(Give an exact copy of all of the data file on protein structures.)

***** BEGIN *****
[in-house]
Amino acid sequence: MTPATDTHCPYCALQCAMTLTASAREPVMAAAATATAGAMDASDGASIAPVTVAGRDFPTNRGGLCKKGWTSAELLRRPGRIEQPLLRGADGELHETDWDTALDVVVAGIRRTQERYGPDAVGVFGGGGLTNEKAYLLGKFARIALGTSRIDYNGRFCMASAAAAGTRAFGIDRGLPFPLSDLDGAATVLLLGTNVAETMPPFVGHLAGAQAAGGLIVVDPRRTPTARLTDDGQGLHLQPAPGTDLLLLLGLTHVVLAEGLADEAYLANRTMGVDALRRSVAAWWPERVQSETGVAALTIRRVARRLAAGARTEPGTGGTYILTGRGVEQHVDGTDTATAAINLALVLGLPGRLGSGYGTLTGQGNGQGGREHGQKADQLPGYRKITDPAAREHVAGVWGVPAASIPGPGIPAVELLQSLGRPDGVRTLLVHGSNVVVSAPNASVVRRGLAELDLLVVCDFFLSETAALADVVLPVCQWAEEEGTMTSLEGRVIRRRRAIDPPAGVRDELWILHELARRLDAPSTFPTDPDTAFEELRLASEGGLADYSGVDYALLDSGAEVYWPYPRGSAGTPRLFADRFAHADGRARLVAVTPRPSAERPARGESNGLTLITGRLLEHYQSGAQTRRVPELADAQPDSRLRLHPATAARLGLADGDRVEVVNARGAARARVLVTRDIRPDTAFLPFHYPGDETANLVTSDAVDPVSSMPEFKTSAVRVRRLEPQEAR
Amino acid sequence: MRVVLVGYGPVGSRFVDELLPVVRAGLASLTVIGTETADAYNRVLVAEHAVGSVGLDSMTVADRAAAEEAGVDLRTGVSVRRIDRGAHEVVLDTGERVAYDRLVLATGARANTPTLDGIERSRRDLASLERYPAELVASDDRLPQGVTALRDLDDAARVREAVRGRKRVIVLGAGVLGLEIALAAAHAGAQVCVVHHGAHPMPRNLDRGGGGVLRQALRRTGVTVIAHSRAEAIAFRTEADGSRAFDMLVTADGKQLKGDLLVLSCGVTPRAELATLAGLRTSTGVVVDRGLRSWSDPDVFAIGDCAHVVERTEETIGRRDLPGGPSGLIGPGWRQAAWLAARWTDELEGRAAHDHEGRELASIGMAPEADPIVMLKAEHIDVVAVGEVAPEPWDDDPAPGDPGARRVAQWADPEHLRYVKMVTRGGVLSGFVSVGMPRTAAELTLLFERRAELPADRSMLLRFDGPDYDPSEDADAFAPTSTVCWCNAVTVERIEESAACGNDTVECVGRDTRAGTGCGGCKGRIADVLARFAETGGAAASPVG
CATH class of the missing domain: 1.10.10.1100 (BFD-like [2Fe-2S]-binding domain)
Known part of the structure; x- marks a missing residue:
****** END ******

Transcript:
[in-house]
Amino acid sequence: MTPATDTHCPYCALQCAMTLTASAREPVMAAAATATAGAMDASDGASIAPVTVAGRDFPTNRGGLCKKGWTSAELLRRPGRIEQPLLRGADGELHETDWDTALDVVVAGIRRTQERYGPDAVGVFGGGGLTNEKAYLLGKFARIALGTSRIDYNGRFCMASAAAAGTRAFGIDRGLPFPLSDLDGAATVLLLGTNVAETMPPFVGHLAGAQAAGGLIVVDPRRTPTARLTDDGQGLHLQPAPGTDLLLLLGLTHVVLAEGLADEAYLANRTMGVDALRRSVAAWWPERVQSETGVAALTIRRVARRLAAGARTEPGTGGTYILTGRGVEQHVDGTDTATAAINLALVLGLPGRLGSGYGTLTGQGNGQGGREHGQKADQLPGYRKITDPAAREHVAGVWGVPAASIPGPGIPAVELLQSLGRPDGVRTLLVHGSNVVVSAPNASVVRRGLAELDLLVVCDFFLSETAALADVVLPVCQWAEEEGTMTSLEGRVIRRRRAIDPPAGVRDELWILHELARRLDAPSTFPTDPDTAFEELRLASEGGLADYSGVDYALLDSGAEVYWPYPRGSAGTPRLFADRFAHADGRARLVAVTPRPSAERPARGESNGLTLITGRLLEHYQSGAQTRRVPELADAQPDSRLRLHPATAARLGLADGDRVEVVNARGAARARVLVTRDIRPDTAFLPFHYPGDETANLVTSDAVDPVSSMPEFKTSAVRVRRLEPQEAR
Amino acid sequence: MRVVLVGYGPVGSRFVDELLPVVRAGLASLTVIGTETADAYNRVLVAEHAVGSVGLDSMTVADRAAAEEAGVDLRTGVSVRRIDRGAHEVVLDTGERVAYDRLVLATGARANTPTLDGIERSRRDLASLERYPAELVASDDRLPQGVTALRDLDDAARVREAVRGRKRVIVLGAGVLGLEIALAAAHAGAQVCVVHHGAHPMPRNLDRGGGGVLRQALRRTGVTVIAHSRAEAIAFRTEADGSRAFDMLVTADGKQLKGDLLVLSCGVTPRAELATLAGLRTSTGVVVDRGLRSWSDPDVFAIGDCAHVVERTEETIGRRDLPGGPSGLIGPGWRQAAWLAARWTDELEGRAAHDHEGRELASIGMAPEADPIVMLKAEHIDVVAVGEVAPEPWDDDPAPGDPGARRVAQWADPEHLRYVKMVTRGGVLSGFVSVGMPRTAAELTLLFERRAELPADRSMLLRFDGPDYDPSEDADAFAPTSTVCWCNAVTVERIEESAACGNDTVECVGRDTRAGTGCGGCKGRIADVLARFAETGGAAASPVG
CATH class of the missing domain: 1.10.10.1100 (BFD-like [2Fe-2S]-binding domain)
Known part of the structure; x- marks a missing residue: